How To Prepare for a Divorce: Interview with Dianna Gould-Saltman

Jodee Redmond
Dianna Gould-Saltman

If you're considering separating from your spouse, knowing how to prepare for a divorce is a a smart move. Ending your marriage can be a traumatic experience, so you'll want to make sure your best interests are protected.

Dianna Gould-Saltman is a Certified Family Law Specialist and a Fellow of the American Academy of Matrimonial Lawyers and International Academy of Matrimonial Lawyers. Ms. Gould-Saltman is in demand as a lecturer on the subject of family law, particularly in the area of issues surrounding child custody. In addition to being named a "Southern California SuperLawyer" in each publication year, she has also been declared one of the "Top 50 Female Southern California Superlawyers" in 2004, 2005, and 2006 by Los Angeles Magazine/Law and Politics. To learn more about Ms. Gould-Saltman, please visit the Gould-Saltman Law Offices LLP web site.

Preparing for a Divorce

Recently, Ms. Gould-Saltman took time out of her busy schedule to answer LTK's questions about how to prepare for a divorce.

LTK: Would you say that most people you meet in your practice have decided that they want a divorce but are unprepared for the reality of the process of legally ending their marriage?

Not necessarily. Of clients involved in divorce, about a third are the ones who are filing for divorce and another third are responding because their spouse is filing. Another third are coming in to get information about their rights and obligations. No matter how much they've thought about it, few people are prepared for the emotional impact of divorce, even if it was their idea.

LTK: At what point should someone who is trying to prepare for a divorce contact a family law attorney?

At the earliest possible time. Even if you are thinking about divorce, it's really important to speak with an attorney about the range of options, as well as your rights and obligations, so that you know how to prepare, what to prepare and have a realistic time-frame for the process.

LTK: Should this be done before you tell your spouse you want out?

Definitely. The information you get from an attorney could affect when and how you choose to tell your spouse.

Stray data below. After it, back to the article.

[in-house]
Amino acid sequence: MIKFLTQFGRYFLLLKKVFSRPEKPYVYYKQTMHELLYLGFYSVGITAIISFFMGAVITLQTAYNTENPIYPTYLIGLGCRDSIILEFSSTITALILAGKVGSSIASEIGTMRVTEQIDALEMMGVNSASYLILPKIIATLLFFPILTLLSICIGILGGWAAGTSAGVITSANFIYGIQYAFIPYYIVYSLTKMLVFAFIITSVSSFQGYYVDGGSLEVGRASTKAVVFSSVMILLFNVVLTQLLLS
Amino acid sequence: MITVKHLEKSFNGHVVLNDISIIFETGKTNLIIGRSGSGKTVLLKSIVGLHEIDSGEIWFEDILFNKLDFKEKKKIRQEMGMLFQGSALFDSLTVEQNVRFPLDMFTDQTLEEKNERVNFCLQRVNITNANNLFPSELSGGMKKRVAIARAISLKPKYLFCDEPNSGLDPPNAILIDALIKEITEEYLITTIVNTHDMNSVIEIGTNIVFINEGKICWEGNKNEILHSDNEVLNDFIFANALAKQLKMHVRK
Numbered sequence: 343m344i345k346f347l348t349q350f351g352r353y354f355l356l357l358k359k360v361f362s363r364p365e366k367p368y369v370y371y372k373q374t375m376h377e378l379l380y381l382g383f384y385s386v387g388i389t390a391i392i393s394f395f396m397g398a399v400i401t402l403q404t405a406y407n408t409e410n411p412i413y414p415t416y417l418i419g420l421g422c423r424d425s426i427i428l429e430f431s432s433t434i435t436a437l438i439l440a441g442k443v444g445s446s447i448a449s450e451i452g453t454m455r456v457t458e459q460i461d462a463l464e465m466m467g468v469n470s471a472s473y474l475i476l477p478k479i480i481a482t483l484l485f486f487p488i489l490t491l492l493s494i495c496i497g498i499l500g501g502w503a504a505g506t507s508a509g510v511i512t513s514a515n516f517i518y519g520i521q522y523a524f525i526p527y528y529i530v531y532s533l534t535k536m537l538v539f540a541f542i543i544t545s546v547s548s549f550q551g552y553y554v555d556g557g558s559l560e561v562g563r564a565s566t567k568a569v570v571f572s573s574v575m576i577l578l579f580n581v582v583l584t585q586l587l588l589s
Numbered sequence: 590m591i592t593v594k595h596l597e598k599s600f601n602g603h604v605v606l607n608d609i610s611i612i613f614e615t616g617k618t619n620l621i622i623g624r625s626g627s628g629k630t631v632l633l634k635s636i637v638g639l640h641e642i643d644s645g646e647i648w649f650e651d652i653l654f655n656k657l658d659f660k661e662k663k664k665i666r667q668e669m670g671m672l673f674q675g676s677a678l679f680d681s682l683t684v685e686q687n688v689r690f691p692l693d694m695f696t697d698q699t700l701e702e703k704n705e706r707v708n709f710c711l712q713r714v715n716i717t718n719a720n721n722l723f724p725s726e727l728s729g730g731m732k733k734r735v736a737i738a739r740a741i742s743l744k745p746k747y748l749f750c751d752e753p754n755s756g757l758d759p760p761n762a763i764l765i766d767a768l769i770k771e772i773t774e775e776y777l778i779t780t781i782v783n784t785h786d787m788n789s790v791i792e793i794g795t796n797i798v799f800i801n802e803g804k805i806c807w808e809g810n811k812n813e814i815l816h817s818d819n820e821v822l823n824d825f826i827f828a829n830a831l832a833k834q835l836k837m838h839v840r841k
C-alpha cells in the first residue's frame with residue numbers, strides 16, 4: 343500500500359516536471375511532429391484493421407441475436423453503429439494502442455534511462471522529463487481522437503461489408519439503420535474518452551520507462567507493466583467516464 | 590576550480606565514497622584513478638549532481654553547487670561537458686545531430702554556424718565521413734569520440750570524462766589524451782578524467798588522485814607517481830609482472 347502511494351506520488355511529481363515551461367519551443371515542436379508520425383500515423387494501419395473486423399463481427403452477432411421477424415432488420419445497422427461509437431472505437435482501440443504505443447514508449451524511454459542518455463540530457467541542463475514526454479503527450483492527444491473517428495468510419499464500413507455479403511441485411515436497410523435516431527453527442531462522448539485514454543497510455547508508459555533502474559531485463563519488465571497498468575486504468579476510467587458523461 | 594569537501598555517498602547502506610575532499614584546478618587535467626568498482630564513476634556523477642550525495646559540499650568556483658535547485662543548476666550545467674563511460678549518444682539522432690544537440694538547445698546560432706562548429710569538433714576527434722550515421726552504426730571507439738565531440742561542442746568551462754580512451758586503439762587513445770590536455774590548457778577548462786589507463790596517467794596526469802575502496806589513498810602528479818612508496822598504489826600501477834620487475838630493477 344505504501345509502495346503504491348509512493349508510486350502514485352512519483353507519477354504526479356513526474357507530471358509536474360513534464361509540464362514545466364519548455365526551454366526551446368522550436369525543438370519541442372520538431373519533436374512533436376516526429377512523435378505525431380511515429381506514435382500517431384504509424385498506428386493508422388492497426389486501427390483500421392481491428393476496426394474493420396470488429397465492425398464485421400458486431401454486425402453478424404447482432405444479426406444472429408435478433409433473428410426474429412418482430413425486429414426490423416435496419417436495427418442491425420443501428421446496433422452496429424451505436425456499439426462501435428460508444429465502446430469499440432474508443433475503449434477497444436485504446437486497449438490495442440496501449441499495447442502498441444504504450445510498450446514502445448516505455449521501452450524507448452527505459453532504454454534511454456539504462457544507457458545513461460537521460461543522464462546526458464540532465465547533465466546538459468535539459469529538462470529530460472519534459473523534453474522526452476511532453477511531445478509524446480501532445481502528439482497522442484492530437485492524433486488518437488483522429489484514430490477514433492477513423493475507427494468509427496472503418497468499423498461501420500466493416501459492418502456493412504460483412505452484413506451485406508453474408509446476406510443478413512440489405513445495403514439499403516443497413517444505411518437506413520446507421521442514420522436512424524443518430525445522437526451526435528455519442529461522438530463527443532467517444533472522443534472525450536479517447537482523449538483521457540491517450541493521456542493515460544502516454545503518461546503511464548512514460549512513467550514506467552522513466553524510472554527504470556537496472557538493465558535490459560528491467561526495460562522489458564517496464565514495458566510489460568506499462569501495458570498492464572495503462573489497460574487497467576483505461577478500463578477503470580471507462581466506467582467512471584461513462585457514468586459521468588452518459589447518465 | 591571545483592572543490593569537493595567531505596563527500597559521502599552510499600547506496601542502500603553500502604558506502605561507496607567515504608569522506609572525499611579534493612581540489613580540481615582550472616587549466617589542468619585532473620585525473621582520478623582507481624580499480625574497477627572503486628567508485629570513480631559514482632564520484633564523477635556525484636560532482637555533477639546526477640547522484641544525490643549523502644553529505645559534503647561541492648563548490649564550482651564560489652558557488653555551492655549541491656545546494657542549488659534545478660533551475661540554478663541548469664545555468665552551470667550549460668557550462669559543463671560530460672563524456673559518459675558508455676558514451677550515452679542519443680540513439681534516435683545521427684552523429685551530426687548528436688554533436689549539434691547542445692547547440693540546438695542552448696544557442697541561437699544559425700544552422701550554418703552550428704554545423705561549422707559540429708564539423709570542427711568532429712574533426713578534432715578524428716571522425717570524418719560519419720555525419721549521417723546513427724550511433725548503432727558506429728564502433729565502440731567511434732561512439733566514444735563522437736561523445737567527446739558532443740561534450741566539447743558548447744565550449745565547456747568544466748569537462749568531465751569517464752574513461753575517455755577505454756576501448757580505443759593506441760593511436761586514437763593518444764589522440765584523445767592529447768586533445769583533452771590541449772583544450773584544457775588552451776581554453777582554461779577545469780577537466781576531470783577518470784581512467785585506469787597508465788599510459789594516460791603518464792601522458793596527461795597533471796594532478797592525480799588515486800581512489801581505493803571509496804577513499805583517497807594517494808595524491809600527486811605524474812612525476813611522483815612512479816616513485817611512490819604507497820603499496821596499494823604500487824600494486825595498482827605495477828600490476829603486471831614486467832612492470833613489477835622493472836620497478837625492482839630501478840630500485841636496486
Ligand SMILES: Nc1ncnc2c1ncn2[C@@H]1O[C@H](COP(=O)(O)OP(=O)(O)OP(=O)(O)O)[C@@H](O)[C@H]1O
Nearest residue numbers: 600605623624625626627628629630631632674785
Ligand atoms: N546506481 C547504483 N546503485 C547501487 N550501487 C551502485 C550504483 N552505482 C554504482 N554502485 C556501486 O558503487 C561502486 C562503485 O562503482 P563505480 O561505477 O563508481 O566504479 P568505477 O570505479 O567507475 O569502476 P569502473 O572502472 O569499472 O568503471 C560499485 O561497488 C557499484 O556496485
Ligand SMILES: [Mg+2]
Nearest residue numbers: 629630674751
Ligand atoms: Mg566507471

LTK: In an initial consultation with someone who wants to get a divorce, what types of information or documents should they bring with them? Why?

At an initial consultation, a potential client should come in with a list of questions to ask the attorney. Some of these will be substantive (How is child support determined? What is the law about dividing assets and debts in this state?) as well as questions that will let the client know whether this is the right attorney for him or her. (This may include the attorney's experience in the field or philosophy about how to approach a divorce case such as this one.)

Important documents include the past few years' of tax returns, most recent credit card and bank statements and any other documents that provide information about the family (face pages of insurance policies, copies of trusts or estate plans).

LTK: You recommend that someone who is preparing for divorce write down the story of their life. What should be included in the "story" and what will this information be used for?

I like clients to write a little story of the history of the marriage: date of marriage, birth of children, work histories of both parties, so that critical information can be considered and discussed in a meaningful way at that first meeting. I want to know whether there are any special considerations that could affect either custody of children or support, such as an extended period of unemployment by either party, a history of domestic violence, significant injury or illness affecting employability or special medical or educational needs of the children.

LTK: In a situation where the news that your spouse wants a divorce comes as a surprise, what should a person do?

Breathe! Think before reacting. Generally, both spouses are aware that there are problems in a marriage but may not have come to the same conclusion about how those problems will be resolved (or even the severity of the problems). We often discuss the emotional process of divorce in terms similar to the way Dr. Elizabeth Kubler-Ross discussed the process of death and dying: fear, anger, sadness, bargaining and, eventually, acceptance.

While I find that most people going through a divorce experience each of these stages (some spend more time in one stage than others, and some go back and forth between stages before moving on), RARELY do I find that both spouses in a marriage go through the same stage at the same time. So where one may go through all the stages before announcing he or she wants a divorce, the other spouse may just begin the process (fear) just as one has completed the process (acceptance).

LTK: Based on your education and experience, do you have any other advice for someone wondering how to prepare for a divorce? Divorce is a process, not an event. You will need to make decisions when you may feel least emotionally prepared to do so. Do surround yourself with good people on whom you can rely but know their roles and boundaries. Your attorney is there to give you legal advice, not to be your buddy. Your buddies should be there to give you emotional support, not legal advice. Your therapist is there to help you stay focused and get your through the process. Your children will continue to need parenting even when you feel sad or frightened or angry. Don't expect to be superman or superwoman through a divorce but you'd be amazed at how resilient you are capable of being. Finally, in assessing any proposal for settlement, or in making one, always factor in the value of resolution and moving on with your life.

How To Prepare for a Divorce: Interview with Dianna Gould-Saltman